In Economic Prospects – our mid-year economic review – we lay out where we expect growth in the UK economy will come from in the latter half of 2011.
What do today's labour market statistics add to this picture?
On first look, the headline figures do not suggest there has been much change in the labour market, in line with our expectations that the labour market will remain fairly static over the course of the year. The good news is that employment edged up a little, but the ILO unemployment rate has stayed put at 7.7%.
Yesterday I mentioned would be watching a couple of indicators which may give some more information about the underlying health of the labour market.
The first of these was claimant count outflows. The total number of people claiming Job Seekers' Allowance rose in June, but so too did the number of outflows.This is positive because it points to labour market ‘churn' rather than stagnation. As it is released at the same time as data showing the numbers unemployed fell against the ILO measure (albeit on a slightly different timeframe), it could point to a healthier labour market than the headline claimant count figure suggests.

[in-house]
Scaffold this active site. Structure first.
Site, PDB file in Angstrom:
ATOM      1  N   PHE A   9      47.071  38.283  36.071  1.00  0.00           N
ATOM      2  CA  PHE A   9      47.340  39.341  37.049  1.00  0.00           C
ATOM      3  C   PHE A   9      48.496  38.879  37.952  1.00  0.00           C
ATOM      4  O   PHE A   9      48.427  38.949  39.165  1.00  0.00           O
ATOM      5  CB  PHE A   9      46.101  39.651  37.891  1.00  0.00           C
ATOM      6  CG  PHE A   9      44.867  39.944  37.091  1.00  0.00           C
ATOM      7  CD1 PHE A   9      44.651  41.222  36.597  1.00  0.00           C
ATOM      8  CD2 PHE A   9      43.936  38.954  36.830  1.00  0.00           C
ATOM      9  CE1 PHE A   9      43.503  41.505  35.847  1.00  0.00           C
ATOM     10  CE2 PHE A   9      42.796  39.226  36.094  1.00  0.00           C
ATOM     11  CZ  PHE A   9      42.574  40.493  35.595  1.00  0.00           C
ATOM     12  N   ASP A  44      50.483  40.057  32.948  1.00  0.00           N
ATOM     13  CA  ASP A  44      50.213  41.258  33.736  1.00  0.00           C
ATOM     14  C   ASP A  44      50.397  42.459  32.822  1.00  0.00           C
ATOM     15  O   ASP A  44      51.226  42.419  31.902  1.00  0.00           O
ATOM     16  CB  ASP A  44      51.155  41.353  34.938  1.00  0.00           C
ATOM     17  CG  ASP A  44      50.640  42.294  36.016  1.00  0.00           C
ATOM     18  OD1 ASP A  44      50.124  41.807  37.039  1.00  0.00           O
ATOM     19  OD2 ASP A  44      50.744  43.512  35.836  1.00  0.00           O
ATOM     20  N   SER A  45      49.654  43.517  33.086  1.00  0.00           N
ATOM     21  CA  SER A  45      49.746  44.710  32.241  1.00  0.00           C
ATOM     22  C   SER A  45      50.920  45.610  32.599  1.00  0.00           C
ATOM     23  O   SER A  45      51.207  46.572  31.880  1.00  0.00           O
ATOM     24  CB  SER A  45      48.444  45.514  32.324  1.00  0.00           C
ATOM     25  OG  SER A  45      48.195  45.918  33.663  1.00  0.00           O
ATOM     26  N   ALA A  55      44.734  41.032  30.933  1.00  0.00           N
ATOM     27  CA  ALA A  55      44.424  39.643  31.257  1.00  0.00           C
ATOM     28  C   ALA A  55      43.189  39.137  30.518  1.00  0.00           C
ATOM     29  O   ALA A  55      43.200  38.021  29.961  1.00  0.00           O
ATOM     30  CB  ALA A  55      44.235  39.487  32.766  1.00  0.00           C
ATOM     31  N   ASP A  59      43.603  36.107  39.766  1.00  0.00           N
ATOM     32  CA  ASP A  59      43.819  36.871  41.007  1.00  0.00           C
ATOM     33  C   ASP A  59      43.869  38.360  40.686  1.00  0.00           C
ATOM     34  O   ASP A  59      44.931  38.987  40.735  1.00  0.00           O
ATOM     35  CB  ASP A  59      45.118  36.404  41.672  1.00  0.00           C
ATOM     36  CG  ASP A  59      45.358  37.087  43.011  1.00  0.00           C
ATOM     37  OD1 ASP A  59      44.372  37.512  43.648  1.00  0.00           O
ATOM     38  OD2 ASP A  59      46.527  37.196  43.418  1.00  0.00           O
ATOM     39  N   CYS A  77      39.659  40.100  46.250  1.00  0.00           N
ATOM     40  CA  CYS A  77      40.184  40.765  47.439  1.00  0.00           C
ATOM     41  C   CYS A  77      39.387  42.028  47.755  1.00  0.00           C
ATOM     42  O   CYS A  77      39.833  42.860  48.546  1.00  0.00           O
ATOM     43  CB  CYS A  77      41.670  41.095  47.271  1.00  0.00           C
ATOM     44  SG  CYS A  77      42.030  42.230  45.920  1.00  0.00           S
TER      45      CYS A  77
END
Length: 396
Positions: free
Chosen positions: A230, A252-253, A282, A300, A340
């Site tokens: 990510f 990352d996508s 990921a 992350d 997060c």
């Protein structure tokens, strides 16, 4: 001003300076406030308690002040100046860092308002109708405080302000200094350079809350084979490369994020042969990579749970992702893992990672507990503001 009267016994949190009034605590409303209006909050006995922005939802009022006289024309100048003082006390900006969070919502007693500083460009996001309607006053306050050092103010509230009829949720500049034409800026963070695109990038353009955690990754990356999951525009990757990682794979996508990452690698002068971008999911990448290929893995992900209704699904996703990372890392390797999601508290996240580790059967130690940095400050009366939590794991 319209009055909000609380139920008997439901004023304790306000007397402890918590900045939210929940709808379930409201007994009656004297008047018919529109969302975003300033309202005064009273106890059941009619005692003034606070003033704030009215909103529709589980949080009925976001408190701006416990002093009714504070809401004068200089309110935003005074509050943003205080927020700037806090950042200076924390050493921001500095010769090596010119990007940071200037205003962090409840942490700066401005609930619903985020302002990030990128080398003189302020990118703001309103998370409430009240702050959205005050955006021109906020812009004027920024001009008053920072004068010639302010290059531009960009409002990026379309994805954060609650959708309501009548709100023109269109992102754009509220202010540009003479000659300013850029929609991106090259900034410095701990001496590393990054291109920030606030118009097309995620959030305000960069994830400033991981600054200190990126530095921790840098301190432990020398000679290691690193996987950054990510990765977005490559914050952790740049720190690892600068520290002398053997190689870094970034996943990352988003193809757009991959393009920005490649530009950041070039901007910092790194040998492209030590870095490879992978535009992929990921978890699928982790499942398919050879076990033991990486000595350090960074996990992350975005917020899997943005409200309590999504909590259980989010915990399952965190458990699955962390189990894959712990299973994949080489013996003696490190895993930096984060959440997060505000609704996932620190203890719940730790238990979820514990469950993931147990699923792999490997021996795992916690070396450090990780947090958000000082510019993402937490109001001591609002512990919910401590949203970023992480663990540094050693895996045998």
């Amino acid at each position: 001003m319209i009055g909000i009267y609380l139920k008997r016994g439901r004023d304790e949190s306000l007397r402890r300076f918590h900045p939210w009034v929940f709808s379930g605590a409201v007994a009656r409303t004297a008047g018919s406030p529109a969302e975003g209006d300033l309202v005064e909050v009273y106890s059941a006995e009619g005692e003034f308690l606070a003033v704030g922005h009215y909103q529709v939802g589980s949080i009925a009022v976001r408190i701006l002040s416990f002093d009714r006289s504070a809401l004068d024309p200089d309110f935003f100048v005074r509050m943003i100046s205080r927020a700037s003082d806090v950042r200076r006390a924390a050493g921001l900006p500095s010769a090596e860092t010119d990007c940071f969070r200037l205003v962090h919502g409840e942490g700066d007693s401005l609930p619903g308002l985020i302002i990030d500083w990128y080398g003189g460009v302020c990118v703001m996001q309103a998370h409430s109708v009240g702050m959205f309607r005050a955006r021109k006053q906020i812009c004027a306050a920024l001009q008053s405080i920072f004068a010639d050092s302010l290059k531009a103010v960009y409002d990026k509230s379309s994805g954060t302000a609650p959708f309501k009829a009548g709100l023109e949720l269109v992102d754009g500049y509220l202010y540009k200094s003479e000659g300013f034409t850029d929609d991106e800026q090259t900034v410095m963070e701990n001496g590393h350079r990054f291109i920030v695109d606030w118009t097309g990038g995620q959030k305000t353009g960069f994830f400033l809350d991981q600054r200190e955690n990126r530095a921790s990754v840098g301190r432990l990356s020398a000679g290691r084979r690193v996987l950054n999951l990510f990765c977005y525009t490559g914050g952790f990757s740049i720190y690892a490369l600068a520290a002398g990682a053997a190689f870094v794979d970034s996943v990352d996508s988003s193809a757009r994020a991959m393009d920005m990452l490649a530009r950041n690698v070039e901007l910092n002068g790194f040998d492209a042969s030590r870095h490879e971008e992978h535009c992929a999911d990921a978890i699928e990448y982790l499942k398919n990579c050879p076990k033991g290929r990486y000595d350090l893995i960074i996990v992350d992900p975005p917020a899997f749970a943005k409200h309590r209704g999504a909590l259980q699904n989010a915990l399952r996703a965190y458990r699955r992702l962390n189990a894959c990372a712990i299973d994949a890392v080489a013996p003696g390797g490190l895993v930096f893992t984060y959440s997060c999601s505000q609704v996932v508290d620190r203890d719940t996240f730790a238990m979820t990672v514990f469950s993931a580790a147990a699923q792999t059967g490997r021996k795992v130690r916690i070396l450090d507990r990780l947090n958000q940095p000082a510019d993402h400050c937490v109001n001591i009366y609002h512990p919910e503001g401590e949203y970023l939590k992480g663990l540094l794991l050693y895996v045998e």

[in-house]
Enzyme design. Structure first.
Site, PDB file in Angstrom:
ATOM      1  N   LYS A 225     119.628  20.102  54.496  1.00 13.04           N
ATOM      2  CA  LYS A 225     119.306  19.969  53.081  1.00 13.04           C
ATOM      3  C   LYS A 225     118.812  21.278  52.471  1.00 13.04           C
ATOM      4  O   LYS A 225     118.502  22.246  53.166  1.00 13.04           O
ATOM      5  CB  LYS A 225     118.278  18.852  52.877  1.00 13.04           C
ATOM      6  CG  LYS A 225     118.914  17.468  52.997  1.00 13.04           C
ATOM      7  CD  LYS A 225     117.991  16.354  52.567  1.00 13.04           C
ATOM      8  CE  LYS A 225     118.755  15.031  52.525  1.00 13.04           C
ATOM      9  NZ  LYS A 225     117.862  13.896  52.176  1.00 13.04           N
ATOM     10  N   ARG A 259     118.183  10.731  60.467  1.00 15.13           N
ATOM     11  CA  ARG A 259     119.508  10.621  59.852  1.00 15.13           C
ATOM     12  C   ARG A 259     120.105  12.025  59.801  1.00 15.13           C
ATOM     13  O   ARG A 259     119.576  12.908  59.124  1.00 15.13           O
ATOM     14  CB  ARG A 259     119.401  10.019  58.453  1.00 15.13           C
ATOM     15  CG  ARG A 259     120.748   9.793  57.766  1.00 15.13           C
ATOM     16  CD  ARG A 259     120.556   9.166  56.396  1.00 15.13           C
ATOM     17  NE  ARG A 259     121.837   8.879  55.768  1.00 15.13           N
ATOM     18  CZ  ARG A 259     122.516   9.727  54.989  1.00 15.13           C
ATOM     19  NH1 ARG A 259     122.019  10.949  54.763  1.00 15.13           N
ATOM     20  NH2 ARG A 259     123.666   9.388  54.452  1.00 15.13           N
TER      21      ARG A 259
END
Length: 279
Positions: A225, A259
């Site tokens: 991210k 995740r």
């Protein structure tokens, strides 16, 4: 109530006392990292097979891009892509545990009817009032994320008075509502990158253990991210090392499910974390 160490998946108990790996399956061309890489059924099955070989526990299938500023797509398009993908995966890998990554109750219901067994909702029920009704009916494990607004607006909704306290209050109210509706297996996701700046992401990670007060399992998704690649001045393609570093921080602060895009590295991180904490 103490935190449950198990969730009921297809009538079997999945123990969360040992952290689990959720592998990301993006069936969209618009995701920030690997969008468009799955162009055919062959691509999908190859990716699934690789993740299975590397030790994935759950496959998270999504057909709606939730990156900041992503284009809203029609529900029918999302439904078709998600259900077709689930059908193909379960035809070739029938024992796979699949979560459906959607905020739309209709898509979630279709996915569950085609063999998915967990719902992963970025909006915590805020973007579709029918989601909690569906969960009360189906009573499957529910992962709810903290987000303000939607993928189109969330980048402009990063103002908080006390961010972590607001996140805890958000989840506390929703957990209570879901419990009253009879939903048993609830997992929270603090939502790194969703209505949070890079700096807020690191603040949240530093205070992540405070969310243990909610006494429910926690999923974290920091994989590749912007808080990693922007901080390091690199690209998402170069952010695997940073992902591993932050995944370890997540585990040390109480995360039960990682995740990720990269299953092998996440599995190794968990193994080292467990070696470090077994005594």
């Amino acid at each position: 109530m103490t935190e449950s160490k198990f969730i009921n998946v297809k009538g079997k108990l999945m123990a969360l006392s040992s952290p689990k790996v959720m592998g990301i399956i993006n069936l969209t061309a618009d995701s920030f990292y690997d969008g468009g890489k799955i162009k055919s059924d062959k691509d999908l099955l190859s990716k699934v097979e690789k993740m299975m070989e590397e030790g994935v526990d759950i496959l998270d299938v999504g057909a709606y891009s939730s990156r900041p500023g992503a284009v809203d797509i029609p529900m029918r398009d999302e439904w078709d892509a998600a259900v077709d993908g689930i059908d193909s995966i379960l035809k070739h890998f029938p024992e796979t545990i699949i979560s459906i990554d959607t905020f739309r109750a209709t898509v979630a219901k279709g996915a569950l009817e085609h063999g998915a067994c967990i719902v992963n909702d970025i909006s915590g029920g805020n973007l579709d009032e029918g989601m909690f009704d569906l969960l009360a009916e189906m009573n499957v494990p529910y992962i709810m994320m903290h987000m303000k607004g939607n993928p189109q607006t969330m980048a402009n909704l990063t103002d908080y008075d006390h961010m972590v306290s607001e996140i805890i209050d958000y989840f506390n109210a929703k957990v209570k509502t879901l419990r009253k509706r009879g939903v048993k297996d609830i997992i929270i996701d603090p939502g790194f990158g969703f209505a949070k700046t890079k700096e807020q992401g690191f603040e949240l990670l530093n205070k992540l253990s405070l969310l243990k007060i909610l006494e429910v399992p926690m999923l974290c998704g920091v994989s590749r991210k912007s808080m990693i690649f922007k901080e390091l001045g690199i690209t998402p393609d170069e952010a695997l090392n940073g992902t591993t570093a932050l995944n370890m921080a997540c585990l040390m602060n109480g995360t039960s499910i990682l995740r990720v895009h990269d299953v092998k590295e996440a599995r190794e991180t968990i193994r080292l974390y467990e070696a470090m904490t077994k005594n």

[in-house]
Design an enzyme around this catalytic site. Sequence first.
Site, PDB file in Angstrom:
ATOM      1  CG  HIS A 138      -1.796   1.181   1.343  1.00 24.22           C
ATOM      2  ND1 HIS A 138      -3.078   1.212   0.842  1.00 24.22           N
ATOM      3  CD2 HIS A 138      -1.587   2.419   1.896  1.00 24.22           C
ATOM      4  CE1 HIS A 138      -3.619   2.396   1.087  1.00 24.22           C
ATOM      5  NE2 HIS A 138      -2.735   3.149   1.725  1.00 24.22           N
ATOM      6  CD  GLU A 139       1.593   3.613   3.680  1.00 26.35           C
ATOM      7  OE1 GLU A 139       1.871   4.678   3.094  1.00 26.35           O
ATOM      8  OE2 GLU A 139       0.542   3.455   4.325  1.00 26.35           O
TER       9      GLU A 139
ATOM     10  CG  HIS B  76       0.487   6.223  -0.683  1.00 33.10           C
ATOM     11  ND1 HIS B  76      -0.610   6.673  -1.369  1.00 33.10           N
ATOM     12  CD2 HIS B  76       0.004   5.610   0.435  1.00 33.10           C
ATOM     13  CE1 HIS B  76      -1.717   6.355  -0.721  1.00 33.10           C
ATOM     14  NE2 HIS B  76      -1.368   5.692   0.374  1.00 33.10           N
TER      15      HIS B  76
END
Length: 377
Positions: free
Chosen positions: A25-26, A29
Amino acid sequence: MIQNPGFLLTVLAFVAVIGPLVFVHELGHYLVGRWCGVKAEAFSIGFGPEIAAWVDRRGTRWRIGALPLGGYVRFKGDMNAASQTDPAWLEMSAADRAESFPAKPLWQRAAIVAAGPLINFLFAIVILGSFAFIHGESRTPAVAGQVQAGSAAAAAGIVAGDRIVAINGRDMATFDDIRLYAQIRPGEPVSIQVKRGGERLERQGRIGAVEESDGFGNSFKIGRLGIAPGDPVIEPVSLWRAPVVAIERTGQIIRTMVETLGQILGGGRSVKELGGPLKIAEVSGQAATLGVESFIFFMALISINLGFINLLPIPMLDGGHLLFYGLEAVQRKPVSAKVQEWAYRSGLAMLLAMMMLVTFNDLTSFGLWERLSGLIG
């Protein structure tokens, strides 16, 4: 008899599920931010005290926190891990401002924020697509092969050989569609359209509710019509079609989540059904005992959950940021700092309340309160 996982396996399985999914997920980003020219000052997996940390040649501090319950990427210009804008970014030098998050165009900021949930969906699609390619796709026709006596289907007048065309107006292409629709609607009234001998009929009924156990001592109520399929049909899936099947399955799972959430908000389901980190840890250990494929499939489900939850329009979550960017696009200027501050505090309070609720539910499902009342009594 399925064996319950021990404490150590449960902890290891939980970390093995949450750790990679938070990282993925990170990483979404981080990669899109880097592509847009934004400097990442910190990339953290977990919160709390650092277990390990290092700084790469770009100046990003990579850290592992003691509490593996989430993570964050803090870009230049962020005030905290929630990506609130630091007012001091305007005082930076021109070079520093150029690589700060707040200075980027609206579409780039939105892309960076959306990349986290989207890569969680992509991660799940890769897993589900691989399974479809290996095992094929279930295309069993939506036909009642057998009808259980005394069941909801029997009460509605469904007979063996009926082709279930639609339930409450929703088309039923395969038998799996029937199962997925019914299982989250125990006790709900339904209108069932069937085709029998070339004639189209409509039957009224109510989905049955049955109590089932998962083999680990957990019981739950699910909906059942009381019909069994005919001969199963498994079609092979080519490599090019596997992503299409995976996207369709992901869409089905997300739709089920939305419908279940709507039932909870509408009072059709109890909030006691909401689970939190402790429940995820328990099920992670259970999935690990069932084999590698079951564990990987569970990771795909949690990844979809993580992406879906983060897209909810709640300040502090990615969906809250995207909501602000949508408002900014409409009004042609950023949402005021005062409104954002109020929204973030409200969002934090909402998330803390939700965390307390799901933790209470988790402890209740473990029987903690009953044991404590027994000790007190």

The second indicator is the number of people in part-time work who would prefer to be in full-time work. Unfortunately this number rose by 6.8% to 1,254,000 in the three months to May. This is the highest number since the series began in 1992. This has implications for domestic demand as more people working fewer hours than they would like could lead to further consumer squeeze.